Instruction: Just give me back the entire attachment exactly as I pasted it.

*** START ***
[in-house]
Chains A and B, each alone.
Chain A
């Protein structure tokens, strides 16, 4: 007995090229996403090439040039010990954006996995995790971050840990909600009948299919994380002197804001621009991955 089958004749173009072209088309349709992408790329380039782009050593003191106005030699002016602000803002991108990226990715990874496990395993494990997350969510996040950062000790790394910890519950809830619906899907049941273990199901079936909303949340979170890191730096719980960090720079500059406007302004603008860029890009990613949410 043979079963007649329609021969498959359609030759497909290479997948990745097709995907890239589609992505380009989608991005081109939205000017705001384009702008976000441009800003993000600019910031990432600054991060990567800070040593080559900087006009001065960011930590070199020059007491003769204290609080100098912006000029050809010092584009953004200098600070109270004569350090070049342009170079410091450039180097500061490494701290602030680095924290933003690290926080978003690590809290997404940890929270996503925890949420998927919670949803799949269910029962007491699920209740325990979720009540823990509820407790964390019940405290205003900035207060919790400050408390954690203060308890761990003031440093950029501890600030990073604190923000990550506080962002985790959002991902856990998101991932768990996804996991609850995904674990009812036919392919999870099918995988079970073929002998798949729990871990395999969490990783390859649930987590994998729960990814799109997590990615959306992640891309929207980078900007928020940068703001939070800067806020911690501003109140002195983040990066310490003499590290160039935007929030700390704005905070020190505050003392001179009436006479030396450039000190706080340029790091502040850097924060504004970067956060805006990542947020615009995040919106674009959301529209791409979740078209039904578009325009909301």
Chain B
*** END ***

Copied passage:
[in-house]
Chains A and B, each alone.
Chain A
């Protein structure tokens, strides 16, 4: 007995090229996403090439040039010990954006996995995790971050840990909600009948299919994380002197804001621009991955 089958004749173009072209088309349709992408790329380039782009050593003191106005030699002016602000803002991108990226990715990874496990395993494990997350969510996040950062000790790394910890519950809830619906899907049941273990199901079936909303949340979170890191730096719980960090720079500059406007302004603008860029890009990613949410 043979079963007649329609021969498959359609030759497909290479997948990745097709995907890239589609992505380009989608991005081109939205000017705001384009702008976000441009800003993000600019910031990432600054991060990567800070040593080559900087006009001065960011930590070199020059007491003769204290609080100098912006000029050809010092584009953004200098600070109270004569350090070049342009170079410091450039180097500061490494701290602030680095924290933003690290926080978003690590809290997404940890929270996503925890949420998927919670949803799949269910029962007491699920209740325990979720009540823990509820407790964390019940405290205003900035207060919790400050408390954690203060308890761990003031440093950029501890600030990073604190923000990550506080962002985790959002991902856990998101991932768990996804996991609850995904674990009812036919392919999870099918995988079970073929002998798949729990871990395999969490990783390859649930987590994998729960990814799109997590990615959306992640891309929207980078900007928020940068703001939070800067806020911690501003109140002195983040990066310490003499590290160039935007929030700390704005905070020190505050003392001179009436006479030396450039000190706080340029790091502040850097924060504004970067956060805006990542947020615009995040919106674009959301529209791409979740078209039904578009325009909301």
Chain B